Dr. Anders received a 2012 Clinical Investigator Award and Dr. Kim received a continuation of his 2011 Clinical Investigator Award. Both are assistant professors of medicine and members of UNC Lineberger Comprehensive Cancer Center.
Dr. Anders’ award is one of six made by the Damon Runyon Cancer Research Foundation. She will receive a three-year $450,000 grant to support the development of her cancer research program.
Her work is focused on improving survival for women with breast cancer brain metastases. Her goals are to provide a novel therapy for women, who, at present, have few therapeutic options, while laying the foundation for future clinical trials incorporating biomarkers to enhance therapeutic response and survival for women with HER-2-positive breast cancer brain metastases. Dr. Anders will be mentored by Lisa Carey, MD, UNC Lineberger associate director for clinical research and Richardson and Marilyn Jacobs Preyer Distinguished Professor in Breast Cancer Research, and by Charles Perou, PhD, the May Goldman Shaw Distinguished Professor of Molecular Oncology.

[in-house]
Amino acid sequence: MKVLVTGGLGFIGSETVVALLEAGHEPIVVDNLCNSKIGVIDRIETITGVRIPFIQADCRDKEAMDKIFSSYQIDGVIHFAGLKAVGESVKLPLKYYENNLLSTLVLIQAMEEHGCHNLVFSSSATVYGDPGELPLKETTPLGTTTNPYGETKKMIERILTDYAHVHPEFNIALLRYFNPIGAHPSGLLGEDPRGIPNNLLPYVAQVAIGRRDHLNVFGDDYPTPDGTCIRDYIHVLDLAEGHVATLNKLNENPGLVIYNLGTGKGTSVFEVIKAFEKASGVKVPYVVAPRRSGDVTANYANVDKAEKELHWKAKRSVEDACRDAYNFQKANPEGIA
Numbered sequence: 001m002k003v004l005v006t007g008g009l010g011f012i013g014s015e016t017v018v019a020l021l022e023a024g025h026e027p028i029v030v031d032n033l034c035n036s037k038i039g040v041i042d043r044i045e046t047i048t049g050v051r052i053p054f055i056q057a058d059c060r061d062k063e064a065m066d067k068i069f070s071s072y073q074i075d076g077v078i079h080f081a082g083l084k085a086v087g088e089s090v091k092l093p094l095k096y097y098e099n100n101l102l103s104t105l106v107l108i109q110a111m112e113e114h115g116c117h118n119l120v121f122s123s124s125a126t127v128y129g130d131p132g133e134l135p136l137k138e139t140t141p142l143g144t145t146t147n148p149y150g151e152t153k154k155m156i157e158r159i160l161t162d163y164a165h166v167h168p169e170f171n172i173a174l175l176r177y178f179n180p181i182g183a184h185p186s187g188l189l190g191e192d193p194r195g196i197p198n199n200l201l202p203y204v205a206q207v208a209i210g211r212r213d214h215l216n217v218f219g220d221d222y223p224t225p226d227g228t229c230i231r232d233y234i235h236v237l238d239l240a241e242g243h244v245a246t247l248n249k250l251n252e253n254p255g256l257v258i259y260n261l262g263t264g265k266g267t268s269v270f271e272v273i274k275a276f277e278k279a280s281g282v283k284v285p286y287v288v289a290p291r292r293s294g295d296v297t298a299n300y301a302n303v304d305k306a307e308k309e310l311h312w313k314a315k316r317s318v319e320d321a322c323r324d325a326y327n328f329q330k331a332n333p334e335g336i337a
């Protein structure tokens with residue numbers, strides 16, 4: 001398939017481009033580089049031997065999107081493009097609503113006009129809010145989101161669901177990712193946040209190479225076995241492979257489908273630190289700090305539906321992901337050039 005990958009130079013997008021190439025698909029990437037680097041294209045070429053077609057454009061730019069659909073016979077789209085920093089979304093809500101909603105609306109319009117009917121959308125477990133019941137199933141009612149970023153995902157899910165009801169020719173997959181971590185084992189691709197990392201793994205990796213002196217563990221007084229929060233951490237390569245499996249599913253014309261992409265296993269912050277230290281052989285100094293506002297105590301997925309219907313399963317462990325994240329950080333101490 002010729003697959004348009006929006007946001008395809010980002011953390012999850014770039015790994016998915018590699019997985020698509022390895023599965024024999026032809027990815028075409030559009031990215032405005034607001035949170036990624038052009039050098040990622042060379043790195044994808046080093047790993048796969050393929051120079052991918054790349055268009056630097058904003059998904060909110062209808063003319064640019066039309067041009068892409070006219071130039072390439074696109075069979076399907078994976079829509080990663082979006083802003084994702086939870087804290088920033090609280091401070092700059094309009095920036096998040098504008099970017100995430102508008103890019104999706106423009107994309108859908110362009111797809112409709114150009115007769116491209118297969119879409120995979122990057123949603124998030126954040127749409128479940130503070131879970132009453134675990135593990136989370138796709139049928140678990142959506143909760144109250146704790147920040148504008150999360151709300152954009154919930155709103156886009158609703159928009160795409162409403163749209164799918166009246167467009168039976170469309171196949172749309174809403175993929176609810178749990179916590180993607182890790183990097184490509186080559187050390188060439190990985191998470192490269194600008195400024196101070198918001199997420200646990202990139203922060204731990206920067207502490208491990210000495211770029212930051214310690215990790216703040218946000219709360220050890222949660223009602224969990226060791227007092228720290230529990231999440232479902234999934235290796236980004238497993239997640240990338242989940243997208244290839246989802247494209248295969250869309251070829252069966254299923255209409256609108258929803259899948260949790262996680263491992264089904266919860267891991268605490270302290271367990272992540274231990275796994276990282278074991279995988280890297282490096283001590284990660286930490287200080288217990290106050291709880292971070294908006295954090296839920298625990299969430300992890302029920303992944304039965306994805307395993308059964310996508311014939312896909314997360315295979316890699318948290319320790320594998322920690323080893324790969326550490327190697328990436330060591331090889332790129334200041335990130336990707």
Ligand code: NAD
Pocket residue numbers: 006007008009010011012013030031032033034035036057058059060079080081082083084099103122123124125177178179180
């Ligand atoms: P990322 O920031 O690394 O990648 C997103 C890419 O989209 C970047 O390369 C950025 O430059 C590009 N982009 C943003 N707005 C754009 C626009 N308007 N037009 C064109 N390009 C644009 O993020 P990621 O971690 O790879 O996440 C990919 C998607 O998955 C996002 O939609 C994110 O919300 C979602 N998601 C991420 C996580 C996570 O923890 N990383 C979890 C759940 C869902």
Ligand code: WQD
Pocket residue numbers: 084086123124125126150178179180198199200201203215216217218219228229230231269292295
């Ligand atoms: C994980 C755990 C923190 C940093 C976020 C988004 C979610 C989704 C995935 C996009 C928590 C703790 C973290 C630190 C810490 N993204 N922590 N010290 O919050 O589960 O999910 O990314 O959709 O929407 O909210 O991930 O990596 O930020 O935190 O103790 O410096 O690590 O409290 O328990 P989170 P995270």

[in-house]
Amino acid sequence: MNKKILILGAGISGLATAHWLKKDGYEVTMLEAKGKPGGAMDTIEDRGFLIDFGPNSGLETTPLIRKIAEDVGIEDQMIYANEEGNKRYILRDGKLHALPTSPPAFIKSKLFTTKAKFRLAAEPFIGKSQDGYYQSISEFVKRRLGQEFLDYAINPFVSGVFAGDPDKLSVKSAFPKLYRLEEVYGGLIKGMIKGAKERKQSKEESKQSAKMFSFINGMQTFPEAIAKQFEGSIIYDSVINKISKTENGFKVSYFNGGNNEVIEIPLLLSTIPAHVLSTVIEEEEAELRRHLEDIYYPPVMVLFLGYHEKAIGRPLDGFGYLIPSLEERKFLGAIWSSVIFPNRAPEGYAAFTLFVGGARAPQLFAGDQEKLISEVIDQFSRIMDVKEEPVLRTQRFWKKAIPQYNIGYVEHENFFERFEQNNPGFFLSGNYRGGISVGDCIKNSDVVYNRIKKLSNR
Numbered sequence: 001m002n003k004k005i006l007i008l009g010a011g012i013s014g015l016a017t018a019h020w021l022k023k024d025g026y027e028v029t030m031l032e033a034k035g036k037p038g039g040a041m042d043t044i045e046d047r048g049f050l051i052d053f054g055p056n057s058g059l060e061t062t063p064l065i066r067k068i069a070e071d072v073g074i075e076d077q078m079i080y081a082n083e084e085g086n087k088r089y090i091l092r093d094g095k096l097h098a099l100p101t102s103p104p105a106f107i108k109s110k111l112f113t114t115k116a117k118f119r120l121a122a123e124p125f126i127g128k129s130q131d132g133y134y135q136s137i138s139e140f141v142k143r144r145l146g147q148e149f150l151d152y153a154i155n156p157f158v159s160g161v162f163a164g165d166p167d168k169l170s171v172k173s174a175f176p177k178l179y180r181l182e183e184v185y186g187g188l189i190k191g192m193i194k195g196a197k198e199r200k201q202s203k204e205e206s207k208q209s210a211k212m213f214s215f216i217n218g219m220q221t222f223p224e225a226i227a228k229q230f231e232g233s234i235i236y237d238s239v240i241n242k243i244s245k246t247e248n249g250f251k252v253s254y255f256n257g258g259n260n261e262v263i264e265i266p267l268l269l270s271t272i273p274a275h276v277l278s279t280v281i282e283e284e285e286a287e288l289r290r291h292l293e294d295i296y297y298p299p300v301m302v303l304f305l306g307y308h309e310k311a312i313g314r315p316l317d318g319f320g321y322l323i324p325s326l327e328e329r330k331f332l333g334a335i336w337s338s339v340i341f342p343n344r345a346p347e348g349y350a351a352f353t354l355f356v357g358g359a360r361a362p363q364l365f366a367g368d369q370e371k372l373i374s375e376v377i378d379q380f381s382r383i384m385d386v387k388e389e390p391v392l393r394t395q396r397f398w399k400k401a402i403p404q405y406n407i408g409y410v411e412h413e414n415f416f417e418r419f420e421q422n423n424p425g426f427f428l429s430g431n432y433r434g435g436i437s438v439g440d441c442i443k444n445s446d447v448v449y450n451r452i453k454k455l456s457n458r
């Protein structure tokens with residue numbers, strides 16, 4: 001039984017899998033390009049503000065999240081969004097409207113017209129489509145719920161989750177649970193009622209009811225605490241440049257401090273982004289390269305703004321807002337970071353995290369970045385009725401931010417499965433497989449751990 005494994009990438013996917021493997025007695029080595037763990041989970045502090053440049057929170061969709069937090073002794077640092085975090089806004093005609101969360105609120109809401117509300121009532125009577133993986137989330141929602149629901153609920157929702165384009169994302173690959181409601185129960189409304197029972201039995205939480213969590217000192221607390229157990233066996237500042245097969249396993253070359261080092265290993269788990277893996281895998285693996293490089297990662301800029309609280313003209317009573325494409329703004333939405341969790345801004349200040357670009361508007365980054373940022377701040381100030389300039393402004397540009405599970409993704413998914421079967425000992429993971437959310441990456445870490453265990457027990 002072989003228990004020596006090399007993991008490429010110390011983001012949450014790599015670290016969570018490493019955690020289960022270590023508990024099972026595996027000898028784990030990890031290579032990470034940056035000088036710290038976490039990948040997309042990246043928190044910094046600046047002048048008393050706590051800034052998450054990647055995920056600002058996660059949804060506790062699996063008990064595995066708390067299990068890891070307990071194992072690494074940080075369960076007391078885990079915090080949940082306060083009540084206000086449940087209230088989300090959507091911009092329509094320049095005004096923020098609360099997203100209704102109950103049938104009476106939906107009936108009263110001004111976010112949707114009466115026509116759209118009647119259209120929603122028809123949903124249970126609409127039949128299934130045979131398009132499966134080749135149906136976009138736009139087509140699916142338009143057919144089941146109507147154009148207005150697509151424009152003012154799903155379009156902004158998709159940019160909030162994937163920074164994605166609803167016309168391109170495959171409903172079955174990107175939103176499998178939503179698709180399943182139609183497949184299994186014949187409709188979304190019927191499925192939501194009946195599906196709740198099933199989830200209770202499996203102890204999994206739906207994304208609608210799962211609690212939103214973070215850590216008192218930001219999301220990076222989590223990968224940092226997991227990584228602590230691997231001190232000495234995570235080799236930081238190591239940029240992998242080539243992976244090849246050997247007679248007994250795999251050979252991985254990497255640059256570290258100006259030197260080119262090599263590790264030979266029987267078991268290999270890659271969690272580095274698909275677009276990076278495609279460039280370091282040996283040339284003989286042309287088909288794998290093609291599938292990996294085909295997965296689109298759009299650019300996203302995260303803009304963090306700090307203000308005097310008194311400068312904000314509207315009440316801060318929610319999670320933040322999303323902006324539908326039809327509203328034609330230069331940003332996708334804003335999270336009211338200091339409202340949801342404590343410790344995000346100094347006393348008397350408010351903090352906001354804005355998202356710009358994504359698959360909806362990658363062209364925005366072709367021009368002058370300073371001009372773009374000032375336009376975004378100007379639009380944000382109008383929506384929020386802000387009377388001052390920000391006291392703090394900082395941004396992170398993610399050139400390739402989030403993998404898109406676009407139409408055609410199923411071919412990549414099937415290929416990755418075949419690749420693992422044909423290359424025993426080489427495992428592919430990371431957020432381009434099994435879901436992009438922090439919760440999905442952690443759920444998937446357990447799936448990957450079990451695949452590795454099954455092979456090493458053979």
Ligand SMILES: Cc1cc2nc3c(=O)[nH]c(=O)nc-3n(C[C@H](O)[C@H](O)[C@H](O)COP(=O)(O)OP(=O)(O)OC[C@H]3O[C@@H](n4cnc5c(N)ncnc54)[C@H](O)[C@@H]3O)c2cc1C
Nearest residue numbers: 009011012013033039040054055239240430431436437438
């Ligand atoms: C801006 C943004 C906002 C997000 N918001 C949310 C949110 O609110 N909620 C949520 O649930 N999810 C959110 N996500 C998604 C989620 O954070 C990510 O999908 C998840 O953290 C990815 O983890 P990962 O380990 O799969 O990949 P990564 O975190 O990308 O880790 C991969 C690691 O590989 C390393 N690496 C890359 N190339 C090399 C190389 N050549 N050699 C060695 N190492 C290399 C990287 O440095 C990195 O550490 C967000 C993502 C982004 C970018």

Dr. Kim will receive an additional two years of funding totaling $300,000 to complete a promising avenue of research. His grant is made possible through the William K. Bowes, Jr. Foundation, and Connie and Robert Lurie.
His work is focused on renal cell carcinoma, a type of kidney cancer that has poor prognosis when diagnosed at later stages. He will use the continuation grant to identify new drug combinations by applying novel proteomic technologies in collaboration with Dr. Gary Johnson with a goal of rapidly moving these findings to the clinical setting for improved treatment of renal cell carcinoma. Gary Johnson, PhD, is professor and chair of the department of pharmacology in the UNC School of Medicine.
Dr. Kim will be mentored by Norman Sharpless, MD, UNC Lineberger associate director for translational research and Wellcome Distinguished Professor in Cancer Research and Charles Perou, PhD, the May Goldman Shaw Distinguished Professor of Molecular Oncology.
The Damon Runyon Cancer Research Foundation provides today’s best young scientists with funding to pursue innovative research. Eleven scientists supported by the Foundation have received the Nobel Prize, seven others have received National medals of Science, and 61 have been elected to the National Academy of Sciences. Since its founding in 1946, Damon Runyon has invested more than $245 million and funded more than 3,300 young scientists.